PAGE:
Monday, July 13, 2015

Analysis: Fading U.S. nuclear deterrent and what next president must do

Robert R. Monroe, Wall Street Journal
13 July 2015

The next president must restore America’s aging arsenal to face a world of new atomic threats.

None of the presidential candidates is talking about it, but one of the most important issues in the 2016 election should be the precarious decline of America’s nuclear forces.
When the Cold War ended in 1991 with the dissolution of the Soviet Union, the U.S. began a debilitating nuclear freeze, establishing ever-broader antinuclear policies and largely ignoring the growing threat posed by these massively destructive weapons.
Meanwhile, Russian President Vladimir Putin’s military strategy focuses on early use of these weapons in conflicts large and small. China is in the midst of an immense strategic modernization. India and Pakistan are expanding and improving their nuclear arsenals. North Korea issues nuclear threats almost weekly. The Mideast is dissolving into chaos, and Iran’s advanced nuclear-weapons program has been on the front pages for two years.
To address these multiplying threats, U.S. nuclear policy must undergo radical changes. Because policies as important as this require White House and congressional agreement and the support of the American people, a full-scale national debate is essential. I propose we begin with the following five changes:
• Discard President Obama’s goal of a “world without nuclear weapons.”
Such an impossible vision can be expressed as a hope, but as U.S. policy it is nonsensical and terribly damaging. America’s pre-eminent national goal – on which U.S. survival depends – must be paramount nuclear-weapons strength.
Since the dawn of the nuclear era, 12 U.S. presidents – six Democrats and six Republicans – have specifically stated nuclear superiority as U.S. policy. Mr. Obama reversed it upon taking office and has accelerated the deterioration of America’s nuclear arsenal.
• A return to legitimate deterrence in U.S. foreign policy.
Deterrence is based on fear. You threaten your adversary with intolerable consequences if he does not comply with your demands. Then, through reinforcing actions, you convince him that you have the will and capability to carry out your threat. For five Cold War decades the daily practice of deterrence kept the U.S. safe from Soviet attack and the devastation of nuclear war. But for the past two decades nuclear deterrence has been missing from the U.S. toolbox. Bring it back.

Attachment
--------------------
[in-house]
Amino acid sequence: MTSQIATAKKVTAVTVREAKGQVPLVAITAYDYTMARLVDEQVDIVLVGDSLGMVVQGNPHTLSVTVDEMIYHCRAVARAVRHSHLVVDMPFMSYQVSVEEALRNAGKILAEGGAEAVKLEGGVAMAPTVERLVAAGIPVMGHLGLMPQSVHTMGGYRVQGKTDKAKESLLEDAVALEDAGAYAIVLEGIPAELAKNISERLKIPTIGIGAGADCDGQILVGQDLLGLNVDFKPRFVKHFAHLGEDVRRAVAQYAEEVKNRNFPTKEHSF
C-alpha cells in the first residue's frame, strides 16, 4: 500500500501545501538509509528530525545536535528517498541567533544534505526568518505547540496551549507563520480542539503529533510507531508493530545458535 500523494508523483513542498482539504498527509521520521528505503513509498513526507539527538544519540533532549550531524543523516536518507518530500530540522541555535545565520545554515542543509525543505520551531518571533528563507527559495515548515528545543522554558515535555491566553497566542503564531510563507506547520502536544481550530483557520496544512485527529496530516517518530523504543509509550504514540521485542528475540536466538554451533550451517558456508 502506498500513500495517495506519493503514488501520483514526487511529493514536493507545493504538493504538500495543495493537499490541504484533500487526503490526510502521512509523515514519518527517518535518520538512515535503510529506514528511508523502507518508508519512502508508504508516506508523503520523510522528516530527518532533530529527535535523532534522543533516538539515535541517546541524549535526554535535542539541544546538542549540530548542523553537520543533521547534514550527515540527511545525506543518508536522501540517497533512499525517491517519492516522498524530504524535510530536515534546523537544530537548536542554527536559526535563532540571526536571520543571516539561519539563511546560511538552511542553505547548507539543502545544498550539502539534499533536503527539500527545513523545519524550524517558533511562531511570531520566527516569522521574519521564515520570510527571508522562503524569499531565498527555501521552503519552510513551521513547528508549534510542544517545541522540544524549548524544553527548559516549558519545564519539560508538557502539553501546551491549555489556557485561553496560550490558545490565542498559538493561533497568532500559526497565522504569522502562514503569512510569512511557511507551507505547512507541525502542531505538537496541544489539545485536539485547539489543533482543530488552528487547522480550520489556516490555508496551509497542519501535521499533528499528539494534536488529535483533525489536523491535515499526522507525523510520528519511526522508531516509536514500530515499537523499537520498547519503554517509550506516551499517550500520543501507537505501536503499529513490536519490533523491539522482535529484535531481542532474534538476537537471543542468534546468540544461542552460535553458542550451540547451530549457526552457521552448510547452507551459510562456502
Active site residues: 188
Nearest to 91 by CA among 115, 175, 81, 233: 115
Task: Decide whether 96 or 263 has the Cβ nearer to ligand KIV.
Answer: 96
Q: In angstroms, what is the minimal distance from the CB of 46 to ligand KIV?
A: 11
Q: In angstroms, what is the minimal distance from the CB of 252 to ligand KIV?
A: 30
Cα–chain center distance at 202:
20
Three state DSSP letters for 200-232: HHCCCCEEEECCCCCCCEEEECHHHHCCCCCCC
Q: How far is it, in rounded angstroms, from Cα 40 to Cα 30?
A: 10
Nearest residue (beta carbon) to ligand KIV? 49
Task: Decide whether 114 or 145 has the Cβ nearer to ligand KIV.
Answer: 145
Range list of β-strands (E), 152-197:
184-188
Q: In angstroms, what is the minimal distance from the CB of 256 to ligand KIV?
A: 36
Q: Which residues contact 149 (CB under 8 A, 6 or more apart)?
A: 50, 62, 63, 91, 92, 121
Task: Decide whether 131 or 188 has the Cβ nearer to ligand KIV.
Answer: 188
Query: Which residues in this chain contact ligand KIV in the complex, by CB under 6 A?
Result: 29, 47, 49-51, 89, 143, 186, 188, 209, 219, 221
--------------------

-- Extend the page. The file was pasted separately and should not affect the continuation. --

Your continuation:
• Establish effective, rather than counterproductive, nonproliferation policies.
The proliferation of nuclear weapons is a threat like no other. Yet for decades U.S. nonproliferation policy has been misguided and inept. Our leaders have passively allowed the valuable Nuclear Nonproliferation Treaty, which entered into force in 1970, to be distorted into a useless nuclear-disarmament treaty.
Most important, we’ve failed to emphasize – nationally and internationally – that nonproliferation requires enforcement. Hand-wringing and sanctions won’t work. There must be a cop on the beat, and military force must be used if necessary. Finally, our attempted nuclear agreement with Iran is counterproductive; if signed it will trigger a global cascade of proliferation.
• Modernize America’s nuclear arsenal.
President Obama’s policy doesn’t permit research, design, testing or production of new, advanced nuclear weapons. Our current nuclear weapons – strategic and tactical – were designed and built decades ago to meet different threats, and have gone untested for decades.
With great urgency, the Energy Department’s National Nuclear Security Administration must be freed to produce an entirely new nuclear-weapons stockpile, including specialized low-yield advanced weapons. Production and testing facilities – atrophying for decades – must also be built on an accelerated schedule.
• Also with great urgency, recover the Pentagon’s nuclear-weapons capabilities.
These have also suffered from Mr. Obama’s policies. Hundreds of nuclear-weapons specialists have left the U.S. government without replacement. Research into the effects of nuclear weapons, a critical field of military study, is virtually nonexistent. Nuclear-weapons strategy and tactics are rarely included in military exercises. Worse, U.S. leaders have failed to plan and budget for the next generation of nuclear-delivery systems – intercontinental ballistic missiles, submarine-launched ballistic missiles and bombers.
If these policies seem tough, recall that the U.S. observed them all for a half-century, just a generation ago. Today’s nuclear threats are as dangerous as those during the Cold War. Change can’t wait. Even if reform begins in 2017 under the next administration, it will take decades to regain America’s once dominant nuclear capabilities and re-establish a viable policy of deterrence.
Mr. Monroe is a retired vice admiral in the U.S. Navy and a former director of the Defense Nuclear Agency (1977-80).

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